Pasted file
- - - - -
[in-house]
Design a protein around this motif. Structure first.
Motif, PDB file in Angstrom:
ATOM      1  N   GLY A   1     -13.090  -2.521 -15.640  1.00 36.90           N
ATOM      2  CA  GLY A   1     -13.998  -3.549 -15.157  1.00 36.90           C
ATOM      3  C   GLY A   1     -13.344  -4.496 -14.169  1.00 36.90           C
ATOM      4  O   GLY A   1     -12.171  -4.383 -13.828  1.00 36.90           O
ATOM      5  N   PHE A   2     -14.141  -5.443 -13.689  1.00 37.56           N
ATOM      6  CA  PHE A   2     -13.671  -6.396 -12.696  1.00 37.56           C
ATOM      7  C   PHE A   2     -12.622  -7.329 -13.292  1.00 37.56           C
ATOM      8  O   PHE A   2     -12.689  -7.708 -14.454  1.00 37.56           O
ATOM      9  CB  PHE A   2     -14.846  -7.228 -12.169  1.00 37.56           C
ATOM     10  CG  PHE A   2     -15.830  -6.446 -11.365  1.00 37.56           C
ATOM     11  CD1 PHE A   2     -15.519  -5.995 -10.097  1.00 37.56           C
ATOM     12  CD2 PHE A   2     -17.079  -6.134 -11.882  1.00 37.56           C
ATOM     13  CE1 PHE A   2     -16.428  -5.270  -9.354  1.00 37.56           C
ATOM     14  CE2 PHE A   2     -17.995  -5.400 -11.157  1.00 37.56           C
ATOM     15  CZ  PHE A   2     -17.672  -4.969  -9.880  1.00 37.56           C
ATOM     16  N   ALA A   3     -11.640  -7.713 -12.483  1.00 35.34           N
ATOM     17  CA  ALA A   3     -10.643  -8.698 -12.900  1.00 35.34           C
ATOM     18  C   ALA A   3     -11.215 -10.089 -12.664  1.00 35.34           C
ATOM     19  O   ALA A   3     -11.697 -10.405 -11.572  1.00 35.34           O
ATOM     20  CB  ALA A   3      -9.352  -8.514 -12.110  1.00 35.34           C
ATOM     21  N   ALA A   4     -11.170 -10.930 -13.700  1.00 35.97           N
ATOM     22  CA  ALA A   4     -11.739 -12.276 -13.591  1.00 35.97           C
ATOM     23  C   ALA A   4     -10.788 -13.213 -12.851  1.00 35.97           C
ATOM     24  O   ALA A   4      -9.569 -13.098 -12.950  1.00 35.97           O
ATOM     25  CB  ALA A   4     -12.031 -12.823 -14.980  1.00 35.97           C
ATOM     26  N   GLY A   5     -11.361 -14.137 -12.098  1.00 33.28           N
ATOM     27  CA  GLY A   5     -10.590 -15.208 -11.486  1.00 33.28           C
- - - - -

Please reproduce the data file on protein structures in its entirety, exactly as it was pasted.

[in-house]
Design a protein around this motif. Structure first.
Motif, PDB file in Angstrom:
ATOM      1  N   GLY A   1     -13.090  -2.521 -15.640  1.00 36.90           N
ATOM      2  CA  GLY A   1     -13.998  -3.549 -15.157  1.00 36.90           C
ATOM      3  C   GLY A   1     -13.344  -4.496 -14.169  1.00 36.90           C
ATOM      4  O   GLY A   1     -12.171  -4.383 -13.828  1.00 36.90           O
ATOM      5  N   PHE A   2     -14.141  -5.443 -13.689  1.00 37.56           N
ATOM      6  CA  PHE A   2     -13.671  -6.396 -12.696  1.00 37.56           C
ATOM      7  C   PHE A   2     -12.622  -7.329 -13.292  1.00 37.56           C
ATOM      8  O   PHE A   2     -12.689  -7.708 -14.454  1.00 37.56           O
ATOM      9  CB  PHE A   2     -14.846  -7.228 -12.169  1.00 37.56           C
ATOM     10  CG  PHE A   2     -15.830  -6.446 -11.365  1.00 37.56           C
ATOM     11  CD1 PHE A   2     -15.519  -5.995 -10.097  1.00 37.56           C
ATOM     12  CD2 PHE A   2     -17.079  -6.134 -11.882  1.00 37.56           C
ATOM     13  CE1 PHE A   2     -16.428  -5.270  -9.354  1.00 37.56           C
ATOM     14  CE2 PHE A   2     -17.995  -5.400 -11.157  1.00 37.56           C
ATOM     15  CZ  PHE A   2     -17.672  -4.969  -9.880  1.00 37.56           C
ATOM     16  N   ALA A   3     -11.640  -7.713 -12.483  1.00 35.34           N
ATOM     17  CA  ALA A   3     -10.643  -8.698 -12.900  1.00 35.34           C
ATOM     18  C   ALA A   3     -11.215 -10.089 -12.664  1.00 35.34           C
ATOM     19  O   ALA A   3     -11.697 -10.405 -11.572  1.00 35.34           O
ATOM     20  CB  ALA A   3      -9.352  -8.514 -12.110  1.00 35.34           C
ATOM     21  N   ALA A   4     -11.170 -10.930 -13.700  1.00 35.97           N
ATOM     22  CA  ALA A   4     -11.739 -12.276 -13.591  1.00 35.97           C
ATOM     23  C   ALA A   4     -10.788 -13.213 -12.851  1.00 35.97           C
ATOM     24  O   ALA A   4      -9.569 -13.098 -12.950  1.00 35.97           O
ATOM     25  CB  ALA A   4     -12.031 -12.823 -14.980  1.00 35.97           C
ATOM     26  N   GLY A   5     -11.361 -14.137 -12.098  1.00 33.28           N
ATOM     27  CA  GLY A   5     -10.590 -15.208 -11.486  1.00 33.28           C